Hoboken Budget Debacle Update
2nd Ward Councilwoman Beth Mason responds to State Takeover of Hoboken’s Finances By the State of New Jersey:
“It’s an embarrassment to the city and an indictment of the Robert’s administration that it cannot, or will not work with the city council to solve the city’s fiscal problems. With this drastic step of agreeing to a state takeover, Mayor Roberts now has succeeded in lumping Hoboken in the unfortunate group of deteriorating cities such as Paterson and Camden. This matter should have been discussed with the city council before the mayor agreed to any terms with the state. I have no more faith in the state’s ability to solve the city’s financial problems than I have in Mayor Robert’s financial acumen.”
City Hall is abuzz with rumors about what the state of New Jersey is going to do next to deal with the city’s budget mess. The Dave Roberts budget ballooned to over $102 million dollars with a deficit of $11.7 million. After 11 months of misinformation from the administration, the City Council essentially threw up its hands and called for help from the state to clean up the mess. When the state didn’t act immediately, talk of bringing in outside consultants to do efficiency studies and forensic audits kicked in to high gear. Now the state is beginning to make its move.
Why does the state care about Hoboken?
The tax base of Hoboken and Jersey City drives Hudson County, and Hudson County drives the New Jersey state government. The Governor lives here, along with a U.S. Senator and many others who have a lot of say over what moves in the state. They don’t want Hoboken to get too far out of their control, and they have help from friends on the Local Finance Board. Weehawken Mayor Richard Turner essentially calls the shots at the LFB, which is part of the Division of Community Affairs run by former Bayonne Mayor Joe Doria. Both Doria and Turner are key power players in Hudson County politics looking to protect the gravy train, which departs from Hoboken Terminal. Turner also works for Congressman Albio Sires. These people know Dave Roberts and they know Hoboken.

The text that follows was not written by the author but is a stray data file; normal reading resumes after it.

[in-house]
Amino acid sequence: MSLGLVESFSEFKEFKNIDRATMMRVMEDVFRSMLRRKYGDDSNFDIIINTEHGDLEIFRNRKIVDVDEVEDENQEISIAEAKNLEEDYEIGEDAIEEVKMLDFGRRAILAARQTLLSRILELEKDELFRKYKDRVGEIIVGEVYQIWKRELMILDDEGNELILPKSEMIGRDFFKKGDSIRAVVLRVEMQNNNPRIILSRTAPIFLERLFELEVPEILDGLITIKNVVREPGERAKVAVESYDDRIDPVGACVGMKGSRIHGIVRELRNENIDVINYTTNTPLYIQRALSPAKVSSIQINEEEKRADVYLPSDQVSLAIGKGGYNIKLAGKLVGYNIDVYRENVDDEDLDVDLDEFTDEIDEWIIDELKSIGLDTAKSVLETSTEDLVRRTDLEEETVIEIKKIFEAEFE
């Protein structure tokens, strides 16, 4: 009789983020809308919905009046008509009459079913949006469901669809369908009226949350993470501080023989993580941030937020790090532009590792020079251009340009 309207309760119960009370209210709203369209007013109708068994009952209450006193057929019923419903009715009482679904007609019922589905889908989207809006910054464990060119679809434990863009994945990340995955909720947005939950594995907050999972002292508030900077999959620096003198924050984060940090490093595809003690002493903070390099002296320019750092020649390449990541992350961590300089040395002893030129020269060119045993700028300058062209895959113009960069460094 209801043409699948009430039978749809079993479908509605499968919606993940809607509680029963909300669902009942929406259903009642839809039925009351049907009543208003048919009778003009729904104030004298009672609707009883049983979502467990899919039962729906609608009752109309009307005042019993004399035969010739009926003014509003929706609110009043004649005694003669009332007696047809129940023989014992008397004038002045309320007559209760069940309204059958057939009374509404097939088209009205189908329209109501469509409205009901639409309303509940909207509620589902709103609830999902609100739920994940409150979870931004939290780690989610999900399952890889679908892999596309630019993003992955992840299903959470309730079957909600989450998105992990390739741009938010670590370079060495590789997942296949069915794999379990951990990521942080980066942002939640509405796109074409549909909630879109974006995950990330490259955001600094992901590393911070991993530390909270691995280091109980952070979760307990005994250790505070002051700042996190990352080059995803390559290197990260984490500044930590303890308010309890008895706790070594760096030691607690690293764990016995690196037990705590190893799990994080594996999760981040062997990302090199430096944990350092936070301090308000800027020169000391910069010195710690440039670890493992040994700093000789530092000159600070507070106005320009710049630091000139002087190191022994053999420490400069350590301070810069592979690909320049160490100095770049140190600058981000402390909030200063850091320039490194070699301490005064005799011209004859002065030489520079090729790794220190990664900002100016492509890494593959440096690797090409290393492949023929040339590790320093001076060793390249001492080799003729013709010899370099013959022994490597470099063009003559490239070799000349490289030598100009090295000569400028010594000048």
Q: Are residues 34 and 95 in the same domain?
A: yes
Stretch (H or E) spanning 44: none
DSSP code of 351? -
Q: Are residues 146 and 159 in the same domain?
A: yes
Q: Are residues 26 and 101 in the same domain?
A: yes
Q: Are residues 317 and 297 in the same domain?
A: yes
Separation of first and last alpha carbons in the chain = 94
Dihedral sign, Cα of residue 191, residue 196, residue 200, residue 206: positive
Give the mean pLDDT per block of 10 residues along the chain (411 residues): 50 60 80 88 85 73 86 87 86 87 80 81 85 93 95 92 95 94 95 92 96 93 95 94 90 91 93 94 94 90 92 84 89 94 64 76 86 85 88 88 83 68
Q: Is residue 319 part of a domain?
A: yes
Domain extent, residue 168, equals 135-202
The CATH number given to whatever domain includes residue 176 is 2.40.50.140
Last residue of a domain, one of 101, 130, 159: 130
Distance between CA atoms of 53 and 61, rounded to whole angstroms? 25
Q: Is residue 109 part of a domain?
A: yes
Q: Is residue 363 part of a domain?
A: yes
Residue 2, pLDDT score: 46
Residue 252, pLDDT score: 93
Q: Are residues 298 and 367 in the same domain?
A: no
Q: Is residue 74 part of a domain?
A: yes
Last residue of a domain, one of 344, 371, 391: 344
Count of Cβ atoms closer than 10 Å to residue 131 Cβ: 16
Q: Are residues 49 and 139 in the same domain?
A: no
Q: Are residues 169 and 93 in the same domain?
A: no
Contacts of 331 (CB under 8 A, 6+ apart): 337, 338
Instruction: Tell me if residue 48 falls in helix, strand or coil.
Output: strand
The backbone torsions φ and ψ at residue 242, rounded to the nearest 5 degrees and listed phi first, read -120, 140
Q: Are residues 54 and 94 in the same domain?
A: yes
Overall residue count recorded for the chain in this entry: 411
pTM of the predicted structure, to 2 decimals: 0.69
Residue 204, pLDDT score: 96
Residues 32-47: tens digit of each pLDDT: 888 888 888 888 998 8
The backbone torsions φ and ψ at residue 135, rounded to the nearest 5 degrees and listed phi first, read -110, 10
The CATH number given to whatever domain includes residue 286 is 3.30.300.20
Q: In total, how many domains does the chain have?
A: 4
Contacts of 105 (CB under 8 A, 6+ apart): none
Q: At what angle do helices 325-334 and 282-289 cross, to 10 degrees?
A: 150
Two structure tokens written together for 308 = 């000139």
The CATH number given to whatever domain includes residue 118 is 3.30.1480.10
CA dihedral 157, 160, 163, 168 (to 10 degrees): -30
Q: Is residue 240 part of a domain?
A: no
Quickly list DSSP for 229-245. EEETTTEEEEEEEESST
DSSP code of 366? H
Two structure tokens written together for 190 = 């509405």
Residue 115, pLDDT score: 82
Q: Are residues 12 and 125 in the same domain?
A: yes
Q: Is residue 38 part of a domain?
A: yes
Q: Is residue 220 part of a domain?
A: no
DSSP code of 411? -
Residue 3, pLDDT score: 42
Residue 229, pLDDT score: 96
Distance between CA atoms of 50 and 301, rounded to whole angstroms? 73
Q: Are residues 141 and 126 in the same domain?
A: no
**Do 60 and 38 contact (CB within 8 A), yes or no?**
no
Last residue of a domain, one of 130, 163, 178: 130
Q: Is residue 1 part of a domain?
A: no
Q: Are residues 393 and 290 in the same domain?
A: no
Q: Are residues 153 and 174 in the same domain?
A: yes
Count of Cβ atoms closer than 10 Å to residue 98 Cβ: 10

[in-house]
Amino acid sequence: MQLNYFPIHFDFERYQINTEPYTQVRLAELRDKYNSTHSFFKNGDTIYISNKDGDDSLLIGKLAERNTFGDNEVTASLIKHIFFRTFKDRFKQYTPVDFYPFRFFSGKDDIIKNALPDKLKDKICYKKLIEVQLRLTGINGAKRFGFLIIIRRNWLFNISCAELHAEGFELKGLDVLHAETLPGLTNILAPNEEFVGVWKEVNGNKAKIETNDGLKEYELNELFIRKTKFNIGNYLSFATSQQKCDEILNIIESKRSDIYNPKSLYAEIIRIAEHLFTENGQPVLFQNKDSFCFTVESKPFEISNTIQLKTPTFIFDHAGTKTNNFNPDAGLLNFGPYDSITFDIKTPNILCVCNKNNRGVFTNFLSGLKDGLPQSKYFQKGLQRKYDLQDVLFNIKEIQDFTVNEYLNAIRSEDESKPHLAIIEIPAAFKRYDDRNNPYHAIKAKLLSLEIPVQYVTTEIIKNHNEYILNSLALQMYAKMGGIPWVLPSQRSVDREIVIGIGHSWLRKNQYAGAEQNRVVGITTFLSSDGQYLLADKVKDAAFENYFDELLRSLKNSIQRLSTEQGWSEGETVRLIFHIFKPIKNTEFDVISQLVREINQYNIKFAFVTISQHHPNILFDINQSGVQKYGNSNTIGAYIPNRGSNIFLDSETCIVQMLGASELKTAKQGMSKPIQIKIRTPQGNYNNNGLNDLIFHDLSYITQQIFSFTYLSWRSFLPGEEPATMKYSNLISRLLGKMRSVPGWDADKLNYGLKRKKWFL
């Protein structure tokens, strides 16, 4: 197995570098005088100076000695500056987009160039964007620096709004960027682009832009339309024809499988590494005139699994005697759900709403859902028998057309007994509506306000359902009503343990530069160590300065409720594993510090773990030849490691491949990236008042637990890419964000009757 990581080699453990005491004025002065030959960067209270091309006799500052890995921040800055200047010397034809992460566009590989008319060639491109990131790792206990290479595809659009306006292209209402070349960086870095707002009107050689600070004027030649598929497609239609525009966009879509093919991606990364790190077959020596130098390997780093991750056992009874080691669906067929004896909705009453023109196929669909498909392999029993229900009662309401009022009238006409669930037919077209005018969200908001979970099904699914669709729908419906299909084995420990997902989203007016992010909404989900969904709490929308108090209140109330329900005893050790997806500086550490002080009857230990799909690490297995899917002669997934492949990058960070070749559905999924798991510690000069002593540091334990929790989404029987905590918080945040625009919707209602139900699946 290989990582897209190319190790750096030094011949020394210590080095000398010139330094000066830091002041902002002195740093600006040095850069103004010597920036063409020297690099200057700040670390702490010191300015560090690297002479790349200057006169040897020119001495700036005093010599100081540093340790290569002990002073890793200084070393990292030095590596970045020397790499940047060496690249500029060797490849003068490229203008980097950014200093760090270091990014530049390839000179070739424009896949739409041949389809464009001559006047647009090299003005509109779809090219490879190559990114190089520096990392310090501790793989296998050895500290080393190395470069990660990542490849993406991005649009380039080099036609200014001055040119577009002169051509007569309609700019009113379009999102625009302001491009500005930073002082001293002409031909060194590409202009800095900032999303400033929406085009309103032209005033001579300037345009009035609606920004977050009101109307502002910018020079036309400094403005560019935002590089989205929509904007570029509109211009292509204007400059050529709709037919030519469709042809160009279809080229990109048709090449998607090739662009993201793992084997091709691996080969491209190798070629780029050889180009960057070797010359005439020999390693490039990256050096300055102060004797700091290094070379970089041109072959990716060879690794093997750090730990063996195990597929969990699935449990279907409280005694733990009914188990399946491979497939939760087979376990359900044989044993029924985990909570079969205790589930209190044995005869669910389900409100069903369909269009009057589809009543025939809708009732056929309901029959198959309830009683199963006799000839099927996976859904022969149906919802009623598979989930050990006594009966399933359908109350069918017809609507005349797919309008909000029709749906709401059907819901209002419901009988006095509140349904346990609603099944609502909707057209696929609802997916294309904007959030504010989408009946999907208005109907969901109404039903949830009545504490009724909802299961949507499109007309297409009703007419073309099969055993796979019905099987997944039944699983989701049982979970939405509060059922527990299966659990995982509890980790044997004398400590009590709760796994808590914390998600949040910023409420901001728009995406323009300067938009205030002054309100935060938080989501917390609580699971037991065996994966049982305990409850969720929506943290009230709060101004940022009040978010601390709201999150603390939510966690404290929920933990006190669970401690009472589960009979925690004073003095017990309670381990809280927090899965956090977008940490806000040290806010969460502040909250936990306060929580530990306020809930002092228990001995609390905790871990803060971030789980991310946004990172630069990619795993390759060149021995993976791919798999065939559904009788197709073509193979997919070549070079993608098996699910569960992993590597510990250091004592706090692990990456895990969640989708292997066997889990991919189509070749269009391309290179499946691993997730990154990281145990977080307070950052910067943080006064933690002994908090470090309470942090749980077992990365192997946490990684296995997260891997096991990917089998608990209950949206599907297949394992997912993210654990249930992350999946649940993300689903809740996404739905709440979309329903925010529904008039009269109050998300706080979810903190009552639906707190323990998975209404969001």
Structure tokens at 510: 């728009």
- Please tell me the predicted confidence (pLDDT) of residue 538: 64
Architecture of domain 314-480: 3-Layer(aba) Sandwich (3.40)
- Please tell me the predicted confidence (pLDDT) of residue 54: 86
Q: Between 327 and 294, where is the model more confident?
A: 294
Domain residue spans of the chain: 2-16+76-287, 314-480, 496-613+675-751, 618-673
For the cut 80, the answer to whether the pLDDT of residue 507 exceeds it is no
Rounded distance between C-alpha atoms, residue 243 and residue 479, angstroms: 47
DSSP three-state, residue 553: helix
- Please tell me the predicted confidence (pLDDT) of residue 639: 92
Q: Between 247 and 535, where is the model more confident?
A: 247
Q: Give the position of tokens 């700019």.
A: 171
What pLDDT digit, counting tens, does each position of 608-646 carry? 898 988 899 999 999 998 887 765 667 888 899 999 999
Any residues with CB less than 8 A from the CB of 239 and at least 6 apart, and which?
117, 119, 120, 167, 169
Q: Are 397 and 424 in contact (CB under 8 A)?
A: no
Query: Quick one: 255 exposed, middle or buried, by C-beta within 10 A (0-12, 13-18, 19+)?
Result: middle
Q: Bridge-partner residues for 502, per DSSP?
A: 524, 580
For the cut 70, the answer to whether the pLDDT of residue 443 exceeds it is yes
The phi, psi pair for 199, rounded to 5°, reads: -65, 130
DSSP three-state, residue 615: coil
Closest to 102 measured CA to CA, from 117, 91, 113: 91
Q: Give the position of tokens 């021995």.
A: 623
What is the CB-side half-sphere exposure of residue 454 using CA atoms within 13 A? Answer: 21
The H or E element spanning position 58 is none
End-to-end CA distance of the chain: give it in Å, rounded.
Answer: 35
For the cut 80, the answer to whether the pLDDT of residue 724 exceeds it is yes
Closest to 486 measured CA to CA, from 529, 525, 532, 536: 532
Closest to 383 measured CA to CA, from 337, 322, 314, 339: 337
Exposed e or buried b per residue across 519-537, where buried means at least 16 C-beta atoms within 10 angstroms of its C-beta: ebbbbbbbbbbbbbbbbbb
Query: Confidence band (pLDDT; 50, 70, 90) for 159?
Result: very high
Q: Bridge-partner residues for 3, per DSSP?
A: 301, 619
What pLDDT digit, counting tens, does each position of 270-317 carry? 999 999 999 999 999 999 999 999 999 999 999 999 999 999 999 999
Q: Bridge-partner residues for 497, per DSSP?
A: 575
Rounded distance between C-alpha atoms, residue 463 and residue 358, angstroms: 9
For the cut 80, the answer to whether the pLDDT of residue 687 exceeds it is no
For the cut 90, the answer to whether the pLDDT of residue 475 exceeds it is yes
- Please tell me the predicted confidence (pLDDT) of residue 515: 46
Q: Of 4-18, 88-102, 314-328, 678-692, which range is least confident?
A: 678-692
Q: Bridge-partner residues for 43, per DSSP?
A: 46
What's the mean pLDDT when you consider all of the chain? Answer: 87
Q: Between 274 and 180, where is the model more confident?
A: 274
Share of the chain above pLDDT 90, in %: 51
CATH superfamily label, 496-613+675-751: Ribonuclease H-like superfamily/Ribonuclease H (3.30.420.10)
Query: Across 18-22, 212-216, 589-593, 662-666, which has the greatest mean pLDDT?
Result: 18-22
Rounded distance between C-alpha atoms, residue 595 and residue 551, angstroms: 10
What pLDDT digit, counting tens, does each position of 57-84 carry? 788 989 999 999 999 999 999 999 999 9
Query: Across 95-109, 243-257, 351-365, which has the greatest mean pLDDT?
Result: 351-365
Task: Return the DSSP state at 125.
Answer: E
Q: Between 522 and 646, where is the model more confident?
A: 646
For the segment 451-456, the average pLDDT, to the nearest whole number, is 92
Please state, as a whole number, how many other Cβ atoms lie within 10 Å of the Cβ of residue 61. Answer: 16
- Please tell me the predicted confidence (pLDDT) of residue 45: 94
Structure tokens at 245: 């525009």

So far the state has told Hoboken the fourth quarter tax rate will be set at the same level as the third quarter, which means we will not be getting a 50% tax increase in one bill thanks to the $11.7 million Roberts Deficit.
Instead that overspending will be spread across the next fiscal year. Some say that lets Roberts off too easy, but apparently that is not where the state is going to end it. There is talk of a state appointed monitor for city government spending, taking a lot of the power from the Mayor and Council. It’s not clear if it means a takeover of all spending or simply advice and consent for spending by the state, but that may become clear in the next few days. Rumors are also swirling that there may be some special meetings called.
The bottom line
The explosive rate of growth in the city budget from $52 million when Roberts took the Mayor’s office in 2001 to the $102 million plus it is today in finally coming home to roost. Several years of fiscal tricks and one-shot revenue deals lulled some into thinking they could do this forever, but the buck stops with fiscal 2007… or does it?